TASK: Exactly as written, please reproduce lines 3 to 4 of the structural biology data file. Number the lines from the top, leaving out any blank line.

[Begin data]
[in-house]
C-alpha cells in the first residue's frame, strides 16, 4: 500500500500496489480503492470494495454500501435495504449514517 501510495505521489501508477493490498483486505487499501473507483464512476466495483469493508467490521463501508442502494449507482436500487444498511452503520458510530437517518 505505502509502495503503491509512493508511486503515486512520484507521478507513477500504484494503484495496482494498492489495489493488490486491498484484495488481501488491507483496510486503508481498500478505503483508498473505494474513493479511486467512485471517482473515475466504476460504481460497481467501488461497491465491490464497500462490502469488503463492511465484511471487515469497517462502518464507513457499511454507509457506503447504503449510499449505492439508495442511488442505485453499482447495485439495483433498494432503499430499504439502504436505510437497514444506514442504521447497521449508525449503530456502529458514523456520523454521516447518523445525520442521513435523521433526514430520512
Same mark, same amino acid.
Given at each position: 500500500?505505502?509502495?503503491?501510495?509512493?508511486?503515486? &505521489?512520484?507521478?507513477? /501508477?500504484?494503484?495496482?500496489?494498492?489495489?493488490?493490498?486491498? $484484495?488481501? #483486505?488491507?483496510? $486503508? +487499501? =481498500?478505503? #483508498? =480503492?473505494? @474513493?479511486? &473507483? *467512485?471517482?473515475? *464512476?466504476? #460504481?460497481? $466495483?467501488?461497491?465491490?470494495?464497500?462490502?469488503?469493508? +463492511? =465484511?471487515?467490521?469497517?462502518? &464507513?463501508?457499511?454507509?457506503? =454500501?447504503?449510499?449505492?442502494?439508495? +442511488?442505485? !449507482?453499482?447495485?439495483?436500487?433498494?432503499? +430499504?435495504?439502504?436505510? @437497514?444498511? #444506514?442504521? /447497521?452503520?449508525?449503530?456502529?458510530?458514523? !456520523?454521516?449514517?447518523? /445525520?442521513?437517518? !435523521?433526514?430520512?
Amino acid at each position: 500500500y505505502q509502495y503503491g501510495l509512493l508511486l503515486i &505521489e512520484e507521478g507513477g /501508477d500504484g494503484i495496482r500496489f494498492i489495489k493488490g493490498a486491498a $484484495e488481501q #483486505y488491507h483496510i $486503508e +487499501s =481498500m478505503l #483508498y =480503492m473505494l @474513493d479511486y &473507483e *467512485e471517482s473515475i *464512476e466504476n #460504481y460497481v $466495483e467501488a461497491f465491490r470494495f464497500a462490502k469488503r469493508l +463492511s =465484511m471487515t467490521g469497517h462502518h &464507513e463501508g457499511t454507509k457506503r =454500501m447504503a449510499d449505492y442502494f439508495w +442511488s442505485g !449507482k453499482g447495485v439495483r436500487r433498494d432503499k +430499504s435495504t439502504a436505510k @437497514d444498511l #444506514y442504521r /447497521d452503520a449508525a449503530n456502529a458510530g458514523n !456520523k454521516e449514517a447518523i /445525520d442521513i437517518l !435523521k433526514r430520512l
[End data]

Same mark, same amino acid.
Given at each position: 500500500?505505502?509502495?503503491?501510495?509512493?508511486?503515486? &505521489?512520484?507521478?507513477? /501508477?500504484?494503484?495496482?500496489?494498492?489495489?493488490?493490498?486491498? $484484495?488481501? #483486505?488491507?483496510? $486503508? +487499501? =481498500?478505503? #483508498? =480503492?473505494? @474513493?479511486? &473507483? *467512485?471517482?473515475? *464512476?466504476? #460504481?460497481? $466495483?467501488?461497491?465491490?470494495?464497500?462490502?469488503?469493508? +463492511? =465484511?471487515?467490521?469497517?462502518? &464507513?463501508?457499511?454507509?457506503? =454500501?447504503?449510499?449505492?442502494?439508495? +442511488?442505485? !449507482?453499482?447495485?439495483?436500487?433498494?432503499? +430499504?435495504?439502504?436505510? @437497514?444498511? #444506514?442504521? /447497521?452503520?449508525?449503530?456502529?458510530?458514523? !456520523?454521516?449514517?447518523? /445525520?442521513?437517518? !435523521?433526514?430520512?